In the past couple months, users have flocked to Twitter to share screenshots of unsettling responses — many of which parallel alt-right beliefs — they’ve received from ChatGPT. Dr. Maya Ackerman, CEO of AI songwriting startup WaveAI and professor of AI at Santa Clara University, explained that AI technologies do not come up with these biased ideas from scratch — they only parrot the data they are trained on.
“People say the AI is sexist, but it’s the world that is sexist,” she said. “All the models do is reflect our world to us, like a mirror.”
We’ve seen this trend with other recent AI developments such as Lensa AI’s Magic Avatar feature, launched by Prisma in the same month Open AI launched ChatGPT. The photo app’s shiny new feature digitizes portraits of users in a variety of art styles from anime illustrations to oil paintings. However, what started as enthusiasm quickly became discomfort for many, as the app began to generate sexualized and whitewashed portraits.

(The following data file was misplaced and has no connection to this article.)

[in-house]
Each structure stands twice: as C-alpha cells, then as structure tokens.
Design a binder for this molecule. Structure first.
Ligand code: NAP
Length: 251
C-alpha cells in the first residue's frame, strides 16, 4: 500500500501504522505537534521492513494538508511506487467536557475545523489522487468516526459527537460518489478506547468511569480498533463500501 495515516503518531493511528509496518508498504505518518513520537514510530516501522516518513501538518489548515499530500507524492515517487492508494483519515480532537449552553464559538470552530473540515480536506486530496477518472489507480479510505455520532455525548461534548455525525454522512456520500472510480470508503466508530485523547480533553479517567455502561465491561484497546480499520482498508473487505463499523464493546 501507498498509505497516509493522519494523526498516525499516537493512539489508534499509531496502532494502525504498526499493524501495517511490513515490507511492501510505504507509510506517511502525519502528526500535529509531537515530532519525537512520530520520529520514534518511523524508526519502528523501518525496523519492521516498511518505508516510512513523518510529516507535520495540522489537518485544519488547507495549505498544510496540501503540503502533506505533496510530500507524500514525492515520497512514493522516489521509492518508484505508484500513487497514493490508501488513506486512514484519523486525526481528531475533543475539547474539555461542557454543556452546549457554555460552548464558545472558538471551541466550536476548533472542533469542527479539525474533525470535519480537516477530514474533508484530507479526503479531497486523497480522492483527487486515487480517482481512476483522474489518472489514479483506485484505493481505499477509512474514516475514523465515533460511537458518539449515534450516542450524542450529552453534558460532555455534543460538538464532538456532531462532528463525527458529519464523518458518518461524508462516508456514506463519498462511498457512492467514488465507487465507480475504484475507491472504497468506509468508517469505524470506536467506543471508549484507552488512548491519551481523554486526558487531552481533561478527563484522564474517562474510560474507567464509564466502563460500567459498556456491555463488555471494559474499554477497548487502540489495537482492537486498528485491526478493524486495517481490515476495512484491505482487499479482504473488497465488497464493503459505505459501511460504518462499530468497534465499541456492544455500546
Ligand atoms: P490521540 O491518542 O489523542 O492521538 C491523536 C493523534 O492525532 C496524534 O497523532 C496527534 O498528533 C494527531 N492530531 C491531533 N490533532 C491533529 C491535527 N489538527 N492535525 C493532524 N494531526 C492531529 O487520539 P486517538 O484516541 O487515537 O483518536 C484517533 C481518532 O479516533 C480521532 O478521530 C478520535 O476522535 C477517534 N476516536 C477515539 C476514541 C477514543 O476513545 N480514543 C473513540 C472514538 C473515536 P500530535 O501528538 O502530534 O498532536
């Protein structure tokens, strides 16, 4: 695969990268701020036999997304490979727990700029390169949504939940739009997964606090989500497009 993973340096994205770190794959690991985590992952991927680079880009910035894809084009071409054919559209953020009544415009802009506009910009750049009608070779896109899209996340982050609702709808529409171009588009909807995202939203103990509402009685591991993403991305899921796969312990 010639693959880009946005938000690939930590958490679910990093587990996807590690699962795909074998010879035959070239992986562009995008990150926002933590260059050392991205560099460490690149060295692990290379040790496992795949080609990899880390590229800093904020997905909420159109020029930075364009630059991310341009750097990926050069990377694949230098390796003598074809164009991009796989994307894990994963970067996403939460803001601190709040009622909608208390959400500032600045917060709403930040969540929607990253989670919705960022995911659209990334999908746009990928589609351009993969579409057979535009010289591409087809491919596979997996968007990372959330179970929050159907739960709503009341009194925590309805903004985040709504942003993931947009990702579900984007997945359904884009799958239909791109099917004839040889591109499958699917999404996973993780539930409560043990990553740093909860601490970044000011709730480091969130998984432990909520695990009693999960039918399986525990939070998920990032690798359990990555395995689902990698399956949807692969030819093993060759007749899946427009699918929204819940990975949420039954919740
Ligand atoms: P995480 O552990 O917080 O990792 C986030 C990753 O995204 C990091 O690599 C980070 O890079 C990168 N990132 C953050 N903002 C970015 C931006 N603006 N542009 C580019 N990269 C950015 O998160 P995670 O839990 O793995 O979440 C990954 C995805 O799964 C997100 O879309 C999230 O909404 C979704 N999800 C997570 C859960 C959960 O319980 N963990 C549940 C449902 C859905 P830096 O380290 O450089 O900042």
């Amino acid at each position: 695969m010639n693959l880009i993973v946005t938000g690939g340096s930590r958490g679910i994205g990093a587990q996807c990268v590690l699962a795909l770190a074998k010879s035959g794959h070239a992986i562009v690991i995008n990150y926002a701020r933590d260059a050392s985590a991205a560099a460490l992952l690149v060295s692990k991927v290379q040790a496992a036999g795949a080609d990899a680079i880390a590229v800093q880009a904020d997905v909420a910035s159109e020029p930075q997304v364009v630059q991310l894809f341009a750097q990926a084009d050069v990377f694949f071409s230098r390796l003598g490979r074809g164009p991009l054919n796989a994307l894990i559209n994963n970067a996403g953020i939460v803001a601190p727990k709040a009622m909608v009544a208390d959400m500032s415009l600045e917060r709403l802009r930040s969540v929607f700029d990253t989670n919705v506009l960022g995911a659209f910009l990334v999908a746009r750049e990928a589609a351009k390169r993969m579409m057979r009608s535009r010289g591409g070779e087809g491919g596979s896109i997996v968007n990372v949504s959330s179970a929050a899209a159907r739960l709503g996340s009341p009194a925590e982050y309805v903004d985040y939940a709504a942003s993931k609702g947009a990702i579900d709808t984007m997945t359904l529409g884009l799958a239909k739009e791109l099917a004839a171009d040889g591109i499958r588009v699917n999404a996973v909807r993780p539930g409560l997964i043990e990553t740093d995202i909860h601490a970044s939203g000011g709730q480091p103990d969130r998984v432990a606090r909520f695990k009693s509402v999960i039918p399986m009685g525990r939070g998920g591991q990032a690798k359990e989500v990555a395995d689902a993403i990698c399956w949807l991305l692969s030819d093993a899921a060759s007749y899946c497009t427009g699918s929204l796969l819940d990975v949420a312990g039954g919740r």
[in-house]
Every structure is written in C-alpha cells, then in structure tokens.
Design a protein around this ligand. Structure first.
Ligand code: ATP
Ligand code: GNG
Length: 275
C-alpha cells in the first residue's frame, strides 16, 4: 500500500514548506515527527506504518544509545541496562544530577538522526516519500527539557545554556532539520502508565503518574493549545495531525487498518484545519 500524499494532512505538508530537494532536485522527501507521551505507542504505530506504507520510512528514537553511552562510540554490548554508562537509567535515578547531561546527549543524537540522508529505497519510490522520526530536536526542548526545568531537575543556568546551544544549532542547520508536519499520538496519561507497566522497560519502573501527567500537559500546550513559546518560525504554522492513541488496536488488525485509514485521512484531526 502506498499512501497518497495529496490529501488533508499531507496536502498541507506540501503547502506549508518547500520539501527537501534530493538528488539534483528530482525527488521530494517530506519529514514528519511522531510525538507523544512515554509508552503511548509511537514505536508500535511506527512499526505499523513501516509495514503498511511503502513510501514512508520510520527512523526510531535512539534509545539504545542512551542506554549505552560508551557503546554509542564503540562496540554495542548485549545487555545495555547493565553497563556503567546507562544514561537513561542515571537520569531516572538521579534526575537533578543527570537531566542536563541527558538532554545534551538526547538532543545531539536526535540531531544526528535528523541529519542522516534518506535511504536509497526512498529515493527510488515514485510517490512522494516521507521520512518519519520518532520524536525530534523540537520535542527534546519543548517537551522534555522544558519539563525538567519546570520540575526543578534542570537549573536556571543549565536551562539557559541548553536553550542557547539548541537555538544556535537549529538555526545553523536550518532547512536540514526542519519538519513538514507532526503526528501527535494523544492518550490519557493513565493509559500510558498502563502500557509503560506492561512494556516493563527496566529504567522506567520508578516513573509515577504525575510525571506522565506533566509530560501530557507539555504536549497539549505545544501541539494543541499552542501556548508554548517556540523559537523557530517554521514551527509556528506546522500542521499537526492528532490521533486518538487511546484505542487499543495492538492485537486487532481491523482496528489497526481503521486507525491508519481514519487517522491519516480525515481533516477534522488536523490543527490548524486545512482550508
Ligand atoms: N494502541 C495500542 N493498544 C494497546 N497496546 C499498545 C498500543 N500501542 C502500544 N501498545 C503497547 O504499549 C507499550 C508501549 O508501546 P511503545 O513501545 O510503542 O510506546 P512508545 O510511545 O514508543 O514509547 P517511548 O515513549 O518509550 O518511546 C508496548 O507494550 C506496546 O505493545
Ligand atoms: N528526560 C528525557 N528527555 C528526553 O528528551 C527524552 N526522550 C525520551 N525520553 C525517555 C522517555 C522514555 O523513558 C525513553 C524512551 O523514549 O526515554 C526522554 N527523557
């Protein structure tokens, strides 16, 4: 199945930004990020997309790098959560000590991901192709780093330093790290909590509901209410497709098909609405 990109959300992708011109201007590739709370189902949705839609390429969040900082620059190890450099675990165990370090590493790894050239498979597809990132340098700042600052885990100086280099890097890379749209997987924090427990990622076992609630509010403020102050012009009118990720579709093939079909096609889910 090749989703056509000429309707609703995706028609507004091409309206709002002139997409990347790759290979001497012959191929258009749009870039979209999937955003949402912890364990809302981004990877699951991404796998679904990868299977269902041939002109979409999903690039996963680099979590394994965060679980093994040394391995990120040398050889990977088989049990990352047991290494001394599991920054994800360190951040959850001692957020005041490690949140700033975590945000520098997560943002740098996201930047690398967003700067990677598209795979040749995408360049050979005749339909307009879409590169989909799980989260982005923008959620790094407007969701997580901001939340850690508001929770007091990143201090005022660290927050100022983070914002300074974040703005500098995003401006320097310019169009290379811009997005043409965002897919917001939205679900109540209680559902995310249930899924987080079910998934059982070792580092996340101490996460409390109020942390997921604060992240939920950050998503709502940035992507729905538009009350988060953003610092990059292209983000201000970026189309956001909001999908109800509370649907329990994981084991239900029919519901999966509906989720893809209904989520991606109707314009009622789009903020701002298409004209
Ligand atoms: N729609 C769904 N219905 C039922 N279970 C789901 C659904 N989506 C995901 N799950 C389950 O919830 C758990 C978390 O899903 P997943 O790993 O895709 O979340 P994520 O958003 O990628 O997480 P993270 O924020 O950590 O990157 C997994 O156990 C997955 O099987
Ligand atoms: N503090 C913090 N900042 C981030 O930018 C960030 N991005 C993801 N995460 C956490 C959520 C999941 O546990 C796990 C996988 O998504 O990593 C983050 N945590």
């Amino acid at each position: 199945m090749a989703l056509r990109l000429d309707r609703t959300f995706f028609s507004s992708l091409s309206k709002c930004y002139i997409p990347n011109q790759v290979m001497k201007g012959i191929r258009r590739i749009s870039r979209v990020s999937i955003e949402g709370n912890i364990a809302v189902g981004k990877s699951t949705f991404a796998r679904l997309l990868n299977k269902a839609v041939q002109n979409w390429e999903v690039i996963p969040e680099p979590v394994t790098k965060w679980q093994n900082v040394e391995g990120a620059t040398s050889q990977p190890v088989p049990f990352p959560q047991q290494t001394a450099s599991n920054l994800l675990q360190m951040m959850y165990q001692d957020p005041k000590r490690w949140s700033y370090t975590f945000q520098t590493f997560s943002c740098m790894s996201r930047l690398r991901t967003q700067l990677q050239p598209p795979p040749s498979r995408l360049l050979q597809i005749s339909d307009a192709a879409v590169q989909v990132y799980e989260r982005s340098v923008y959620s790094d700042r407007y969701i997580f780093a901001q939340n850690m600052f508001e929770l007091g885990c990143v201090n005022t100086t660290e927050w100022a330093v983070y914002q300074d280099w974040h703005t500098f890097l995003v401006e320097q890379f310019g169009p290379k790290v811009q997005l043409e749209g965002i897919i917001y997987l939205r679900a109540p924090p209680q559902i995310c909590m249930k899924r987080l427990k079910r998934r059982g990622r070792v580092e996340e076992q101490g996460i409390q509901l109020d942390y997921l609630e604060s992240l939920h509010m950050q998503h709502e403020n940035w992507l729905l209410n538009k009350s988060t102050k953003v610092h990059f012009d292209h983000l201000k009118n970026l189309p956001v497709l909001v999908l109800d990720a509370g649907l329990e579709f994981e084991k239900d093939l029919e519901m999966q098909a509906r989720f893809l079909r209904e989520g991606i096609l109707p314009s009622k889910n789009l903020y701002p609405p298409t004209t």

Just as with ChatGPT, Broussard attributes the problem to the source the model was trained after: the internet.
“The reason Lensa AI makes these highly sexualized images is because it is trained on images scraped from the open web,” she said. “And guess what? There’s a lot of porn on the open web.”
Asian women in particular have noticed the app’s tendency to generate airbrushed, hypersexualized portraits, which they fear will augment society’s existing fetishization of Asian women.
“Subtle bias is present in human interactions as well,” said Ackerman. “It’s just so pervasive.”
An Issue of Power
When ChatGPT’s CEO, Sam Altman, saw Piantadosi’s Twitter thread about his exchange with the bot, he advised him to give the response a “thumbs down,” which is how users give feedback to the software engineers. ChatGPT was designed by Open AI, a San Francisco startup that received a $1 billion investment from Microsoft in 2019. The tech giant is reportedly considering investing $10 billion more.
Neither OpenAI nor Prisma Labs, which makes Lensa AI, responded to requests for comment.
According to Lauren Klein, professor of Quantitative Theory and Methods at Emory University and co-author of Data Feminism, the issue of bias in AI programs is an issue of power.